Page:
Our next Inspector in this story about popular fictional detectives and food is Hercule Poirot. Described by Agatha Christie as short, somewhat funny, with brilliantined hair and a well-groomed moustache, Poirot is actually humanly very sensitive, with high values and, it goes without saying, extremely clever. As you might expect from his plump build, he also enjoys eating, especially the most refined of food. Certainly not the sanguine type like the fellow detectives described above, he is a man of excellent taste when it comes to eating. He likes the most sophisticated cuisine, greatly enjoys a cup of tea (many of his stories are set in England), sweets and chocolate (Poiroit is Belgian) and he is sometimes described as tinkering with satisfaction in the kitchen himself to prepare dinner, or giving the final touch to a freshly cooked specialty by grating some truffle on it. Hercule Poirot eats exactly as Christie depicts him, with the manners of a refined gentleman, even though he will not hesitate to put a napkin around his neck before digging in.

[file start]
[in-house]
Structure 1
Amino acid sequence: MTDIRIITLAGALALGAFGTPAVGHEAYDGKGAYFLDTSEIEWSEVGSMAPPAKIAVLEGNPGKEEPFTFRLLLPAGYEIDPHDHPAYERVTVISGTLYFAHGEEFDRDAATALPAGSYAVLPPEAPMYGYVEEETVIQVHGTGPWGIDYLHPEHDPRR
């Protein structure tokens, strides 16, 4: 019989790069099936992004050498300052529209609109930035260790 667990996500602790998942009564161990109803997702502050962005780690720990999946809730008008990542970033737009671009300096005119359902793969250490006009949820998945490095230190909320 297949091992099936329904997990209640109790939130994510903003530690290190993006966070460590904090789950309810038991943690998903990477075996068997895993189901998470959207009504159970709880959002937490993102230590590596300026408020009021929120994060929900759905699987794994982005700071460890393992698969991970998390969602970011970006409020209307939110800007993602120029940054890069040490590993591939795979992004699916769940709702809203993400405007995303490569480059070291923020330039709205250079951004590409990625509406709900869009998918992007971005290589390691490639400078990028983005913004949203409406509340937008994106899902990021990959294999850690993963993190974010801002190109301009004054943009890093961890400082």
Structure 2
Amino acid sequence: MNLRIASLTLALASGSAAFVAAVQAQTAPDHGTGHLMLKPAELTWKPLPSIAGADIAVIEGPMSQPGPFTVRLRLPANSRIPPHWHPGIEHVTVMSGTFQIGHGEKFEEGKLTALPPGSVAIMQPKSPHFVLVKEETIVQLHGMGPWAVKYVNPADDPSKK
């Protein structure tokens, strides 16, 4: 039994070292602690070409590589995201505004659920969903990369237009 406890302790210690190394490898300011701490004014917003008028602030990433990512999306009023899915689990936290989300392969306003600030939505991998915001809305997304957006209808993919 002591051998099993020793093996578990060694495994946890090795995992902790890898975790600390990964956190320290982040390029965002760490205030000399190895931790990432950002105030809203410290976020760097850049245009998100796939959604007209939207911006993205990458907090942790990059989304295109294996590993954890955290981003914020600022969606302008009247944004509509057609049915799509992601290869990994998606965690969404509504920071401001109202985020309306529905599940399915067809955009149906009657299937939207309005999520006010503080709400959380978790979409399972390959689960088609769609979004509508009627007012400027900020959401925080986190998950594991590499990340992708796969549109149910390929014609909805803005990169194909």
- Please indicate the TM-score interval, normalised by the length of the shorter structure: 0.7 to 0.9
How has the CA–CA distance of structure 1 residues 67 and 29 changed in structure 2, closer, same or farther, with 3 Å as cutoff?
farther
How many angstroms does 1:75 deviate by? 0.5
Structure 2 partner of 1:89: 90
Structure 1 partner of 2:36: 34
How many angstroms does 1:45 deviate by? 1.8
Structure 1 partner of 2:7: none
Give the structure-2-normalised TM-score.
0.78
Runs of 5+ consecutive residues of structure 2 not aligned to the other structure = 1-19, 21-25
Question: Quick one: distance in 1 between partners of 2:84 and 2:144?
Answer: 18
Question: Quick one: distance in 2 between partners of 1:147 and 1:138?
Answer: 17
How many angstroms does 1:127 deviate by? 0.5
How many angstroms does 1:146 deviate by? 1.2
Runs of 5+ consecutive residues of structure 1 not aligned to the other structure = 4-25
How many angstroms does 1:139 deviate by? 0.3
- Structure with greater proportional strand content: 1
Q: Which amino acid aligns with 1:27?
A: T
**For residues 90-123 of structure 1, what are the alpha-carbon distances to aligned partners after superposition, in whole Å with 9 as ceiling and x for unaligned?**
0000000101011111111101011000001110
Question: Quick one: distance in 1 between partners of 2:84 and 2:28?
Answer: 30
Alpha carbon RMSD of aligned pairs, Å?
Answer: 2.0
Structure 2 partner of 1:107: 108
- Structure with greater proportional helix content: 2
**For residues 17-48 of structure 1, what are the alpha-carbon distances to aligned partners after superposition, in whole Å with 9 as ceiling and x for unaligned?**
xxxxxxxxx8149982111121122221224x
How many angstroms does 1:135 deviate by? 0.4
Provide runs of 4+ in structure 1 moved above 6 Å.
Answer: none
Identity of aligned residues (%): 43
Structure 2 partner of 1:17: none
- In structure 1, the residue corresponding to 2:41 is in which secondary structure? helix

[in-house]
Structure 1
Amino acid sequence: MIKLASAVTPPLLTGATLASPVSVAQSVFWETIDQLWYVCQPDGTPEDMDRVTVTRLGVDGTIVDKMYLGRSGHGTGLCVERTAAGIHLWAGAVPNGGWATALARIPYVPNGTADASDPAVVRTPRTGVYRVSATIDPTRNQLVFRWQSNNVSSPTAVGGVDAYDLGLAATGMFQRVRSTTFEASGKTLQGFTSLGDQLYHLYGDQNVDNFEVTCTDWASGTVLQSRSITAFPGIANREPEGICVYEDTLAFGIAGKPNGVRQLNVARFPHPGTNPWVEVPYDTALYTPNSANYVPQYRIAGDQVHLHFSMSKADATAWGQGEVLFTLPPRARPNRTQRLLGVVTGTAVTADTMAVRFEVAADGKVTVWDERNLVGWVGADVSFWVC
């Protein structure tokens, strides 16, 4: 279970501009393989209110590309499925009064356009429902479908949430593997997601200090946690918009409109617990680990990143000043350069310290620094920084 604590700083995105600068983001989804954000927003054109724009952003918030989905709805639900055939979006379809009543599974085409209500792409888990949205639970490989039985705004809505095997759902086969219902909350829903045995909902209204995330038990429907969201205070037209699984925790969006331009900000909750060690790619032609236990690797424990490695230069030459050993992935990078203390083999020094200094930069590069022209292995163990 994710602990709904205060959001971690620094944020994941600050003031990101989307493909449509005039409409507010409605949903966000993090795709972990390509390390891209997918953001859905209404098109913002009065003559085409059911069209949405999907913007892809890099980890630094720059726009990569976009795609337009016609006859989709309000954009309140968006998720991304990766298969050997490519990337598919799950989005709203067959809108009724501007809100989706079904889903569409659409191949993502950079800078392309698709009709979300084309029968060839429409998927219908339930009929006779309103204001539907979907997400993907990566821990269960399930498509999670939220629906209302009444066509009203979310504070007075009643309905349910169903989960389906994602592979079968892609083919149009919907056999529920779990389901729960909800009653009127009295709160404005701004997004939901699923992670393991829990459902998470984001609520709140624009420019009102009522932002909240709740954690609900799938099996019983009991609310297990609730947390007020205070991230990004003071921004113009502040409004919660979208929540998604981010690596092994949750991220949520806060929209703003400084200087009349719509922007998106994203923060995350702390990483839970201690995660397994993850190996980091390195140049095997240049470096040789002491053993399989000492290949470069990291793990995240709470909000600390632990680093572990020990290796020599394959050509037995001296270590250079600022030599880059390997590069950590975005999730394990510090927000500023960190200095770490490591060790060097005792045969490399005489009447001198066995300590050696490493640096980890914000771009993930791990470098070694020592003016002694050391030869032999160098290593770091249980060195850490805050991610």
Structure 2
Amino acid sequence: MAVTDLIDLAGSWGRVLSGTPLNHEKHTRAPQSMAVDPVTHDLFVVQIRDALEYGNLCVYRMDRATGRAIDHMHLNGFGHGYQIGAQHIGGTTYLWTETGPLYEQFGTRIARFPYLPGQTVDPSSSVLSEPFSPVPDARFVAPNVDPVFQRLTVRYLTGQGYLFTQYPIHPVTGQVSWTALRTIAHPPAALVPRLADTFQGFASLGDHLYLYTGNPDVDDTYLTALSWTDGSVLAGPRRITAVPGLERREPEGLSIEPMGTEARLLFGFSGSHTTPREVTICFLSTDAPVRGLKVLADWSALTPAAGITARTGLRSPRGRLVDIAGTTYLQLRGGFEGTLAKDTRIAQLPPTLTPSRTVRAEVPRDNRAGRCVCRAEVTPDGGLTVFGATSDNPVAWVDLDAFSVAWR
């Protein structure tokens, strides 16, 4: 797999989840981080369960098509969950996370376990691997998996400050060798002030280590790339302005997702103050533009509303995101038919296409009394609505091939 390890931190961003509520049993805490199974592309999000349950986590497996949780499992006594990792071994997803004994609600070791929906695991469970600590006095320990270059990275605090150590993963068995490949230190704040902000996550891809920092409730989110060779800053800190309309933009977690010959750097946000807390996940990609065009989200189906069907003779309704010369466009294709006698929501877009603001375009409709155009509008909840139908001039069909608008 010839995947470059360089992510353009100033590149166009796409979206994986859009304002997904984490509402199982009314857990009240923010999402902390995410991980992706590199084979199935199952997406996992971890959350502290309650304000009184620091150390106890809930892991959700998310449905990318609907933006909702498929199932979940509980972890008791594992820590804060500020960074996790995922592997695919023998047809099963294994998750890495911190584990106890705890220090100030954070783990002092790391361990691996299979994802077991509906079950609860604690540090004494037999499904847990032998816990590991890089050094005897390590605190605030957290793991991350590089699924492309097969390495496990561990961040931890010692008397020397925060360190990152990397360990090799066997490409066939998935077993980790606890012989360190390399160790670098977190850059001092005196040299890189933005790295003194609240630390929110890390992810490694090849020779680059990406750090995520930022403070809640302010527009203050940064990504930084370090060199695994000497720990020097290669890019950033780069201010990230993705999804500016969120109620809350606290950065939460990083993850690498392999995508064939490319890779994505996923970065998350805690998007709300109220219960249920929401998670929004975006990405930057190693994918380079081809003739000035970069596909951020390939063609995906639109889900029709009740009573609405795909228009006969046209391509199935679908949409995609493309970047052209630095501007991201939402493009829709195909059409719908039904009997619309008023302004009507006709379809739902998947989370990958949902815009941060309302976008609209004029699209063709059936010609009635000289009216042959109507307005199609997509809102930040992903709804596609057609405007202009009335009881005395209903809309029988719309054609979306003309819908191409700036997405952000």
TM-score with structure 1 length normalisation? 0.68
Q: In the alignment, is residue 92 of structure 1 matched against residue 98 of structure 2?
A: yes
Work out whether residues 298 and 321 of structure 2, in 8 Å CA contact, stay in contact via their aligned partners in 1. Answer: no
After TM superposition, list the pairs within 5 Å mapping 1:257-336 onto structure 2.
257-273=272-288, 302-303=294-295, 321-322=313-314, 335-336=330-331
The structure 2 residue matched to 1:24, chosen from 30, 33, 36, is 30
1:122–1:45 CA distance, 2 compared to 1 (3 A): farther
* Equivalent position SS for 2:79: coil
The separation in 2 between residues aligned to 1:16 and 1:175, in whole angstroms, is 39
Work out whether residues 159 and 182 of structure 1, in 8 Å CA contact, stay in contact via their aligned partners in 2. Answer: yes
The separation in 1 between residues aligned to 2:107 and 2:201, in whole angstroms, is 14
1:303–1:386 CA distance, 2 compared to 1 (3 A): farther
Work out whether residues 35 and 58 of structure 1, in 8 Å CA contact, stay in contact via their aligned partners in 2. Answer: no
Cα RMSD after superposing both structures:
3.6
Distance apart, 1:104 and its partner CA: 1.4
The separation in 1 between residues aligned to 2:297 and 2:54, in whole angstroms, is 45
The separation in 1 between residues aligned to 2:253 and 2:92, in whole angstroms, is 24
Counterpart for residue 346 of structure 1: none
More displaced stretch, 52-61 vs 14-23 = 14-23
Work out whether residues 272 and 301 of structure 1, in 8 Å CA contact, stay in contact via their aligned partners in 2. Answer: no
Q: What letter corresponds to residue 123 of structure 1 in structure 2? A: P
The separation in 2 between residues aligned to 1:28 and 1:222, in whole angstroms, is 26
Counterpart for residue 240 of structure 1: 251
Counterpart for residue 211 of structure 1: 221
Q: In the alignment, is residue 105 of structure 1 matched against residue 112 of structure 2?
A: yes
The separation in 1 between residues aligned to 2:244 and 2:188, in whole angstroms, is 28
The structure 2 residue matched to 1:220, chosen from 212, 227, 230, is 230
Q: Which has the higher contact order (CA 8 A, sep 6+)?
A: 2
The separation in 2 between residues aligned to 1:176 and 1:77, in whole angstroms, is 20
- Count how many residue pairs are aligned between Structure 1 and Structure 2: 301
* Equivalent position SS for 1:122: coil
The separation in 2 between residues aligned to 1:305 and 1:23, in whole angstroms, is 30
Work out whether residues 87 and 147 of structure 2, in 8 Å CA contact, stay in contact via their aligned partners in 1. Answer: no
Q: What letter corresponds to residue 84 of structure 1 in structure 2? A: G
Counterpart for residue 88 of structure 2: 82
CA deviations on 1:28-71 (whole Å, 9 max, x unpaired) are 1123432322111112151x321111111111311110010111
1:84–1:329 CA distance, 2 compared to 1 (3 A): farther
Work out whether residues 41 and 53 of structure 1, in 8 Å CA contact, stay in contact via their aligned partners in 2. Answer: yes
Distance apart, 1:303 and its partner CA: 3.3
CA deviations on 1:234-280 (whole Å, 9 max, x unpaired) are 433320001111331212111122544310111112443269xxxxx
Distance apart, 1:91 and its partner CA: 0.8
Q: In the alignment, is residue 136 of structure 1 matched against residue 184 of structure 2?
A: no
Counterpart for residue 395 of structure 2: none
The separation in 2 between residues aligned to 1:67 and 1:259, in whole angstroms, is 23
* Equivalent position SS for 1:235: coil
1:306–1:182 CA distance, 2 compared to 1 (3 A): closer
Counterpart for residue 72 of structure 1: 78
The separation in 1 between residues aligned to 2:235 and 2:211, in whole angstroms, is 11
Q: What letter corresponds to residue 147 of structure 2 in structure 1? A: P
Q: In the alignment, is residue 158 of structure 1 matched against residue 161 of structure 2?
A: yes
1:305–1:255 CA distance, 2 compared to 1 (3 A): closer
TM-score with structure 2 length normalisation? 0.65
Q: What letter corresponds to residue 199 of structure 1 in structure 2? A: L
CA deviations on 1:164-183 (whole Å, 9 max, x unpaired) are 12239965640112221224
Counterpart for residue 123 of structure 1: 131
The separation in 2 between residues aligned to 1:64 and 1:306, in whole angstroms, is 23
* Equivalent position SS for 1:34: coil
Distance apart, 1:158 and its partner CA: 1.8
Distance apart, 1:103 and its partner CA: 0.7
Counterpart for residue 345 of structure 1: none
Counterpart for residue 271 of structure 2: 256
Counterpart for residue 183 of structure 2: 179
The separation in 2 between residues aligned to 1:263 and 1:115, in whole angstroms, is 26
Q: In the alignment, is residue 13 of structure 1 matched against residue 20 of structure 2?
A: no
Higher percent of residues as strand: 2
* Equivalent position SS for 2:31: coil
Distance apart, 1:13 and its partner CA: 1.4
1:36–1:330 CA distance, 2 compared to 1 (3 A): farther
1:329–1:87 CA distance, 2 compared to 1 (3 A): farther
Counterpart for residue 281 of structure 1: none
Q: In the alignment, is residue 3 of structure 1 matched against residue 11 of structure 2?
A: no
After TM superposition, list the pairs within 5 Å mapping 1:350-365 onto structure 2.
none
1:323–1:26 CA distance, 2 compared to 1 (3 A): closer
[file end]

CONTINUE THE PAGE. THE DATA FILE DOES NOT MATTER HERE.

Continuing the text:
Off we go to New York now, on West 35th Street, where fictional investigator Nero Wolfe lives. World-renowned, Wolfe is an oversized, eccentric armchair detective created in 1934 by the American writer Rex Stout. His equally famous assistant, Archie Goodwin, who does the legwork for the detective genius, makes us understand that being overweight is a choice for Wolfe. By indulging with the best of food, the detective wants to appear cool-headed, a person who likes to think things through, who does not get caught up in emotions which can make you act hurriedly or contaminate your wits, hence the decision to put a considerable layer of fat between himself and the external world. 

Wolfe is a knowledgeable gourmet, who enjoys generous helpings of cook Fritz Brenner’s cuisine three times a day. Brenner’s specialties are legendary, extremely refined and unique. One of the most popular novels by Rex Stout, “Too many cooks”, describes how Wolfe attends a meeting of great chefs and, besides having to solve a murder case, also ends up learning a secret food recipe.  

Worth mentioning is also Nero Wolfe's breakfast time. He treats himself to orange juice, eggs au beurre noir, two slices of boiled Georgia ham, hashed brown potatoes, hot blueberry muffins and a pot of steaming cocoa, which he eats in his large yellow silk pajamas next to his bedroom window, flooded with sunlight – an amazing spectacle, as Archie Goodwin narrates.